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Oyster shell question
Posted by: Nox63
Date: March 10, 2019 06:42AM
I live in central Pennsylvania, I find a lot of oyster shells in my yard when I’m digging, detecting. What is the time period for oyster shells? Is it 1700s or more 1800s? Any information about this would be awesome. Thanks hh

Re: Oyster shell question
Posted by: jmaclen
Date: March 10, 2019 08:34AM
it is possible that someone in your area consumed a lot of oysters in the past. Otherwise, most of central Pennsylvania is made up of sedimentary rocks that are reported to be between 350 million and 250 million years old (Paleozoic).
One of the important fossils from that time are the mollusks=oysters. Could be you are digging in really old oyster beds. Supposedly, the Paleozoic era ended with a global die off of just about every living thing from some kind of catastrophic event
like a kill shot from an asteroid or a super volcano eruption. Pretty cool.

Re: Oyster shell question
Posted by: bootyhoundpa
Date: March 10, 2019 08:50AM
Hey nox, I can tell you here on the east side of the state a heavy concentration of oyster shells often reflects a time period of between 1880 to 1920s...obviously there still making oyster shells lol,but many times turn of the century (1800-1900) dumps and privys have a high concentration of them..finding coins or broken glass in the same area might narrow it down..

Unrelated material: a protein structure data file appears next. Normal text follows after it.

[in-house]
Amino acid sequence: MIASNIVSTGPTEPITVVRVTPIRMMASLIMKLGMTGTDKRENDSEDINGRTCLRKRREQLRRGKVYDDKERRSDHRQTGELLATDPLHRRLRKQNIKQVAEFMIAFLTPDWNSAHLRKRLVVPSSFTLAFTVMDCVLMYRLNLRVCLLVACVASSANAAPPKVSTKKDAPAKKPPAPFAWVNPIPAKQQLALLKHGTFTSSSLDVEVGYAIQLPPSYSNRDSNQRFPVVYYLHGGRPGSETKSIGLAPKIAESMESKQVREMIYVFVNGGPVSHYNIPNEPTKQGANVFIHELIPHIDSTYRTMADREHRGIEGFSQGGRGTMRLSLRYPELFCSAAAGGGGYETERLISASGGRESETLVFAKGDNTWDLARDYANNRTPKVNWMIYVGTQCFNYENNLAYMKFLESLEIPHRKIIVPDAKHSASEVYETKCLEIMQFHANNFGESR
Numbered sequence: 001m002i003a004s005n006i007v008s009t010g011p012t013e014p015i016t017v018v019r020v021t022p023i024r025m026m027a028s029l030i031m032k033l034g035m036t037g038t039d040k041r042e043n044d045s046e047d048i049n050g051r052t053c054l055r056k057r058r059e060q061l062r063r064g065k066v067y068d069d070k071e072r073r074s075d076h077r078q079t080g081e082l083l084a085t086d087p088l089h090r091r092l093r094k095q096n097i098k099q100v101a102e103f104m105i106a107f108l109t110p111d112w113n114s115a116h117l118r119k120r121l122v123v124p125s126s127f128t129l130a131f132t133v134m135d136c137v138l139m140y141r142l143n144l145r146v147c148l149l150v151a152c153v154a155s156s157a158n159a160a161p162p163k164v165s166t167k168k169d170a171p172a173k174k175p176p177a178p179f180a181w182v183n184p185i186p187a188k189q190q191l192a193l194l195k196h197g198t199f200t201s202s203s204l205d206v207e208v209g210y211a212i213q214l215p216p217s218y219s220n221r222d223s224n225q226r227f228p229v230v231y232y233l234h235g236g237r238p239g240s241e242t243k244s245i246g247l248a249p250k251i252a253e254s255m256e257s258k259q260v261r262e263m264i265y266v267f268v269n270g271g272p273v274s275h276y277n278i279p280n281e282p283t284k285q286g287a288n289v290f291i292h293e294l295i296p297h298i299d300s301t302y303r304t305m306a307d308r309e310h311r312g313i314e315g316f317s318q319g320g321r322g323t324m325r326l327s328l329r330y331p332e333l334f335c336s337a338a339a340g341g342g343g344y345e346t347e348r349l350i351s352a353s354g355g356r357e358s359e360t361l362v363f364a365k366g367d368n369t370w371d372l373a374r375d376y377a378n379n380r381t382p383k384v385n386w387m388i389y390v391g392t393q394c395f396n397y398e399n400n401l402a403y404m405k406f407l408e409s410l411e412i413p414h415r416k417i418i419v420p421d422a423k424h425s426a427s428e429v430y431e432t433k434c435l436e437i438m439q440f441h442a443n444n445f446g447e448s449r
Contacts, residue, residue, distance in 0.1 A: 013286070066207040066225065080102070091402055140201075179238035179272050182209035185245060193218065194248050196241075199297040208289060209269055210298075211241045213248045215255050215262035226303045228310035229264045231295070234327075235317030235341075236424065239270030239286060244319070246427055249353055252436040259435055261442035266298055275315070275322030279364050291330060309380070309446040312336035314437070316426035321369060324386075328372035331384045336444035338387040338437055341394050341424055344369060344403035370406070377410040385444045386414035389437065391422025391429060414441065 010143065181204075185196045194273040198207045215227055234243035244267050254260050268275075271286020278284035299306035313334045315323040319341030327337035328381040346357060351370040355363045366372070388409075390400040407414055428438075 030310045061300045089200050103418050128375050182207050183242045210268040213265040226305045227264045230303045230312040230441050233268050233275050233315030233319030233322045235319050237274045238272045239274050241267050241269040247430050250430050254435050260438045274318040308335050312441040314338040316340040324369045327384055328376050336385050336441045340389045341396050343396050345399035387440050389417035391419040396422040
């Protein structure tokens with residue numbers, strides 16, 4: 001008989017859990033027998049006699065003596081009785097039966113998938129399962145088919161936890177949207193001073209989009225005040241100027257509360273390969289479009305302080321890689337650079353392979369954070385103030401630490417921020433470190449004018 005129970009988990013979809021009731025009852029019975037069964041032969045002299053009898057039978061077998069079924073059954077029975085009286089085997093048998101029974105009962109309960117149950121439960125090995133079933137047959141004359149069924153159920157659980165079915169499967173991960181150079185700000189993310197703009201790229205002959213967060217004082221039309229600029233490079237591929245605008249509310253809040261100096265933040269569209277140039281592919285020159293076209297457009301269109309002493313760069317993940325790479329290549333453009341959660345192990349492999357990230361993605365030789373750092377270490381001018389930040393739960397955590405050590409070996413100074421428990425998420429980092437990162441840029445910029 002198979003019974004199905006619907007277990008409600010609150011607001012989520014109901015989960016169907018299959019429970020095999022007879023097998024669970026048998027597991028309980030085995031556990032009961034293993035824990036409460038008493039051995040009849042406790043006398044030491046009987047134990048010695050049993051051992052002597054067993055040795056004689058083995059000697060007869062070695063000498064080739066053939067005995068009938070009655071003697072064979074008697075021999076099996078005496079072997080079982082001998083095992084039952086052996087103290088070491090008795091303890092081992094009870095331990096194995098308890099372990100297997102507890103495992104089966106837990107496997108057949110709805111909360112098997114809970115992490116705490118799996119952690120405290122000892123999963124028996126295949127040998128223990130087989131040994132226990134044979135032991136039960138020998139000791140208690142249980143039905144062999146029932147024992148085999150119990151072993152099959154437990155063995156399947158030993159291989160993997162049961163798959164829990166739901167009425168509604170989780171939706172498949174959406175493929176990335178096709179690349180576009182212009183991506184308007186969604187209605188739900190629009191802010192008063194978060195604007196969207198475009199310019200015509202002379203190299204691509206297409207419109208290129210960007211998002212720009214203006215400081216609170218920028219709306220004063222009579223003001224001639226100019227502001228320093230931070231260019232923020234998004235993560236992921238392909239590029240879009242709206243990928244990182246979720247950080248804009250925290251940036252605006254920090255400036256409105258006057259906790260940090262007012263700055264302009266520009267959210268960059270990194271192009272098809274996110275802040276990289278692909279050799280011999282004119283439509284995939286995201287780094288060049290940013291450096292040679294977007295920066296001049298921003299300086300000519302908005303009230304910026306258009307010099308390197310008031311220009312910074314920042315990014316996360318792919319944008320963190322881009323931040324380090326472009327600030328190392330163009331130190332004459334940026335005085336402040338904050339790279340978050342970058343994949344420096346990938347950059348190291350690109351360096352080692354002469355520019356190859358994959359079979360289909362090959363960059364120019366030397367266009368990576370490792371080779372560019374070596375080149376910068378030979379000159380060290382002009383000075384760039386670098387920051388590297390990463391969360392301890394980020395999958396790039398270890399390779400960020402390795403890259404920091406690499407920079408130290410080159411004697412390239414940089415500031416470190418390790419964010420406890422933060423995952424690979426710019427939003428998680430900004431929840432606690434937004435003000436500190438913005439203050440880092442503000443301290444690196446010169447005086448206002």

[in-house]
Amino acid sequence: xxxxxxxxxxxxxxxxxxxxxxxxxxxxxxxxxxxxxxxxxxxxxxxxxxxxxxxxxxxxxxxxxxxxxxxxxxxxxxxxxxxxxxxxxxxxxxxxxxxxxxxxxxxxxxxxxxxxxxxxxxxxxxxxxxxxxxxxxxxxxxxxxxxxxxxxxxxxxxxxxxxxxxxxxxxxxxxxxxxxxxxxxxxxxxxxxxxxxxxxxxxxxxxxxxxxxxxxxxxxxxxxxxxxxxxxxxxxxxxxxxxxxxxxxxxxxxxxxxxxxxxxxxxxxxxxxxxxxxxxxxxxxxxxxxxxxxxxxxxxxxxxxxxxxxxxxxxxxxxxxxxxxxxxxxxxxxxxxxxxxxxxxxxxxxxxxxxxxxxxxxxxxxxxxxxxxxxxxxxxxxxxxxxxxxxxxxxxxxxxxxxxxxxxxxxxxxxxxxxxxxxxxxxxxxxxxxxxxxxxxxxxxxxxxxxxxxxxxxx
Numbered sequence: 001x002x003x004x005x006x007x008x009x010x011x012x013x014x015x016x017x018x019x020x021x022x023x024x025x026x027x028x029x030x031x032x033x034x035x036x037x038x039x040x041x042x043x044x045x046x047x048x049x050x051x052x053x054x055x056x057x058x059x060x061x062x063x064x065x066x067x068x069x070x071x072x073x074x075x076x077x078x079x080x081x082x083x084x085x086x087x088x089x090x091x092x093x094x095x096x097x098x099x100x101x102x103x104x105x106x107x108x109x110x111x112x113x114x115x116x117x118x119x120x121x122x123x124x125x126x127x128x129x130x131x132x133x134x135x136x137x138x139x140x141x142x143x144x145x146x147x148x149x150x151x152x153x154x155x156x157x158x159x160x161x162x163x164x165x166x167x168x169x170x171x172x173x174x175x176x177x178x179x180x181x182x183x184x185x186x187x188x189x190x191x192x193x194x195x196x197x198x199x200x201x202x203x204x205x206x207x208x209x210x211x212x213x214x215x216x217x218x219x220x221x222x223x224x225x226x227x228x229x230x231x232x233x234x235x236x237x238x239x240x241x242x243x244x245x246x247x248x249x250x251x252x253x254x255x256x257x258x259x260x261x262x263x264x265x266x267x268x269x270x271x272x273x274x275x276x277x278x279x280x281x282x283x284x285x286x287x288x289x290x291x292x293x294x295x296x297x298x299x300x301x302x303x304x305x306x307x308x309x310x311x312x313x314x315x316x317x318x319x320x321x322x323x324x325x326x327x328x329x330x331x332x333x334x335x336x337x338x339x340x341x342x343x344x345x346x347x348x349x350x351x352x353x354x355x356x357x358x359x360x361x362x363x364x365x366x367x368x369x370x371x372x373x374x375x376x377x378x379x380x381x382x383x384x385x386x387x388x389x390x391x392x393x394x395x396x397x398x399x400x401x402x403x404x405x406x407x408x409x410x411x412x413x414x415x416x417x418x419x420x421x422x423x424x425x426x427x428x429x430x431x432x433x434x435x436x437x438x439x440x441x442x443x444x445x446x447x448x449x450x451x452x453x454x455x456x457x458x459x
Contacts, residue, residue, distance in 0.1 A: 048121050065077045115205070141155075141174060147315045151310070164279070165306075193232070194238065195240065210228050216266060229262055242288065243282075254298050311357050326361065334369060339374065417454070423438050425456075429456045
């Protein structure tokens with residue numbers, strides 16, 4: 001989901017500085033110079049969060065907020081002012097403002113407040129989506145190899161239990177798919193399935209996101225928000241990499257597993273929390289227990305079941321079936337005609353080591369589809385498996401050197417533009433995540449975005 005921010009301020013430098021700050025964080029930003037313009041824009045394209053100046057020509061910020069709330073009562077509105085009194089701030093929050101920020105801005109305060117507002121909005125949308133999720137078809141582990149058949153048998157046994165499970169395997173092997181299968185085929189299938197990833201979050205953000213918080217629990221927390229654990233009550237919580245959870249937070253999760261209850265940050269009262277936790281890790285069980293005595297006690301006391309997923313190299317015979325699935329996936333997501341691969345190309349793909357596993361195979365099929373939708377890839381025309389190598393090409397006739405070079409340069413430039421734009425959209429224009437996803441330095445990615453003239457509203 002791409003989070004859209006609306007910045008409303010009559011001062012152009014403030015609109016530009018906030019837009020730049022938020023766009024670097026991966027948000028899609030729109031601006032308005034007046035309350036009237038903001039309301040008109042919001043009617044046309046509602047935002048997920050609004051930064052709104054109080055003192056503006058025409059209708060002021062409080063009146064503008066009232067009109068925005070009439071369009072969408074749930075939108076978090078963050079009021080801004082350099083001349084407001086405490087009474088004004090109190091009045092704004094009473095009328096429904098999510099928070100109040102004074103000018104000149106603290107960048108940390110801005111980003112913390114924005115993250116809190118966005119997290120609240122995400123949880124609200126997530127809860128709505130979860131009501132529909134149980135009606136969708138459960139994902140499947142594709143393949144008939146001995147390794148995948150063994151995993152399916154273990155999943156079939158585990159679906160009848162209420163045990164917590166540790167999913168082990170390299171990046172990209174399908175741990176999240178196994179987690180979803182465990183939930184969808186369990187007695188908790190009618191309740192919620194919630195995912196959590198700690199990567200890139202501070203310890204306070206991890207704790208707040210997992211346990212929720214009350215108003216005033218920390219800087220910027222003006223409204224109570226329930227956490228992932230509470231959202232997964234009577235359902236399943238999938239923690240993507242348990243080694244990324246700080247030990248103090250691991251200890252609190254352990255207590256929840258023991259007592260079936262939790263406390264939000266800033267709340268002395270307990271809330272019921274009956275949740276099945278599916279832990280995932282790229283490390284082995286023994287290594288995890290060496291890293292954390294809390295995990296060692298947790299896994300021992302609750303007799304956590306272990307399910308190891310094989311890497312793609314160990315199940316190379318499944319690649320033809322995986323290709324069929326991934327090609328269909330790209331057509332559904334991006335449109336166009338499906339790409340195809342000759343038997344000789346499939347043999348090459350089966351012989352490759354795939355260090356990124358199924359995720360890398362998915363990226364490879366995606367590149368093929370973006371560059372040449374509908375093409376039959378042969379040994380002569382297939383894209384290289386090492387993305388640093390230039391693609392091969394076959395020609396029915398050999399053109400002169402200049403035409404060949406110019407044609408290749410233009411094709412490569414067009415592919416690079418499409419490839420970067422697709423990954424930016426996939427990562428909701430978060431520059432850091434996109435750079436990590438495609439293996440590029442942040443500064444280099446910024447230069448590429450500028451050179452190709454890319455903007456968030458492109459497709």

Re: Oyster shell question
Posted by: Nox63
Date: March 10, 2019 10:21AM
Yes I know I read something about oysters being popular in a certain time period but I couldn’t remember when. I know we had the canals running through this area and then the railroad. I don’t how they were brought into the area to consume.

Re: Oyster shell question
Posted by: chuck, ky
Date: March 10, 2019 04:46PM
Sounds more like THE time frame of Noah and the Great Flood.

Re: Oyster shell question
Posted by: IDXMonster
Date: March 10, 2019 05:10PM
A few years ago when I first started hunting an older park that’s actually an island in the middle of a millpond,I would find very deep silver at 8-10”, but found “shells” ABOVE that level at 5-8”. This was strange because this isn’t an old homesite. It came to me last year that they had done a renovation years back and dredged the millpond,depositing the material in the area I was digging in order to build it up a foot or so. The silver I was finding was mixed “shiny” and “tarnished”...and the tarnished pieces apparently came from the old swimming area that was part of the area they dredged. I was baffled at first...but the puzzle was solved afterward,just as I’m sure yours will be.

Re: Oyster shell question
Posted by: mpmccann
Date: March 12, 2019 08:11AM
I read somewhere that oyster shells were commonly used on the east coast as "back fill" as well to level roads and lots to build on. Just something to consider. :wacko:

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